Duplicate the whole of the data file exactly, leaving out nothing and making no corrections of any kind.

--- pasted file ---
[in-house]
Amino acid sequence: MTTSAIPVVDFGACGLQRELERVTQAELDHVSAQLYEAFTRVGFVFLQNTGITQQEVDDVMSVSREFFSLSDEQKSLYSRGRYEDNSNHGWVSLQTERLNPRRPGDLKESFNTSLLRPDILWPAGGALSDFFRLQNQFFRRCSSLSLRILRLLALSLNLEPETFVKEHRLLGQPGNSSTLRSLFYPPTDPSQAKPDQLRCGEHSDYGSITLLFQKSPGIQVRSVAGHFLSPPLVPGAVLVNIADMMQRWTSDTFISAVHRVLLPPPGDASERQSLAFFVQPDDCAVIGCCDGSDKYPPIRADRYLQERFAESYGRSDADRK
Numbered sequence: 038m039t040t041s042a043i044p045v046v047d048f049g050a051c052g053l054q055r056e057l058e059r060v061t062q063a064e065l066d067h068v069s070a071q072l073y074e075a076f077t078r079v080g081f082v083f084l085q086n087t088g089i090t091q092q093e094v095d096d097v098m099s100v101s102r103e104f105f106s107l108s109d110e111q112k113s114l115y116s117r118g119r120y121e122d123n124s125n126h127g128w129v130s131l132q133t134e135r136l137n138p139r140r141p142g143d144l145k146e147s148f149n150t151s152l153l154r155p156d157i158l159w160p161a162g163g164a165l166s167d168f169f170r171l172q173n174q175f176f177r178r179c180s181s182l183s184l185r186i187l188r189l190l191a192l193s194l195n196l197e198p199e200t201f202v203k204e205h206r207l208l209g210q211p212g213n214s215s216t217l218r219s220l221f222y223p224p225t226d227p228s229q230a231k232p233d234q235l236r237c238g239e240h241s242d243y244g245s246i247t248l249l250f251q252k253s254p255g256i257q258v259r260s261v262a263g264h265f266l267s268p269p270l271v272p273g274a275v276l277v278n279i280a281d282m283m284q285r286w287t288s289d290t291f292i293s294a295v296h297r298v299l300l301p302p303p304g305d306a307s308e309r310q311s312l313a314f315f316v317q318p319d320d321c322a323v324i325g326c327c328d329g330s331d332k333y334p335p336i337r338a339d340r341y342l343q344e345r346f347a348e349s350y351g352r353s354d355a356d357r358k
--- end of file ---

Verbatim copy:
[in-house]
Amino acid sequence: MTTSAIPVVDFGACGLQRELERVTQAELDHVSAQLYEAFTRVGFVFLQNTGITQQEVDDVMSVSREFFSLSDEQKSLYSRGRYEDNSNHGWVSLQTERLNPRRPGDLKESFNTSLLRPDILWPAGGALSDFFRLQNQFFRRCSSLSLRILRLLALSLNLEPETFVKEHRLLGQPGNSSTLRSLFYPPTDPSQAKPDQLRCGEHSDYGSITLLFQKSPGIQVRSVAGHFLSPPLVPGAVLVNIADMMQRWTSDTFISAVHRVLLPPPGDASERQSLAFFVQPDDCAVIGCCDGSDKYPPIRADRYLQERFAESYGRSDADRK
Numbered sequence: 038m039t040t041s042a043i044p045v046v047d048f049g050a051c052g053l054q055r056e057l058e059r060v061t062q063a064e065l066d067h068v069s070a071q072l073y074e075a076f077t078r079v080g081f082v083f084l085q086n087t088g089i090t091q092q093e094v095d096d097v098m099s100v101s102r103e104f105f106s107l108s109d110e111q112k113s114l115y116s117r118g119r120y121e122d123n124s125n126h127g128w129v130s131l132q133t134e135r136l137n138p139r140r141p142g143d144l145k146e147s148f149n150t151s152l153l154r155p156d157i158l159w160p161a162g163g164a165l166s167d168f169f170r171l172q173n174q175f176f177r178r179c180s181s182l183s184l185r186i187l188r189l190l191a192l193s194l195n196l197e198p199e200t201f202v203k204e205h206r207l208l209g210q211p212g213n214s215s216t217l218r219s220l221f222y223p224p225t226d227p228s229q230a231k232p233d234q235l236r237c238g239e240h241s242d243y244g245s246i247t248l249l250f251q252k253s254p255g256i257q258v259r260s261v262a263g264h265f266l267s268p269p270l271v272p273g274a275v276l277v278n279i280a281d282m283m284q285r286w287t288s289d290t291f292i293s294a295v296h297r298v299l300l301p302p303p304g305d306a307s308e309r310q311s312l313a314f315f316v317q318p319d320d321c322a323v324i325g326c327c328d329g330s331d332k333y334p335p336i337r338a339d340r341y342l343q344e345r346f347a348e349s350y351g352r353s354d355a356d357r358k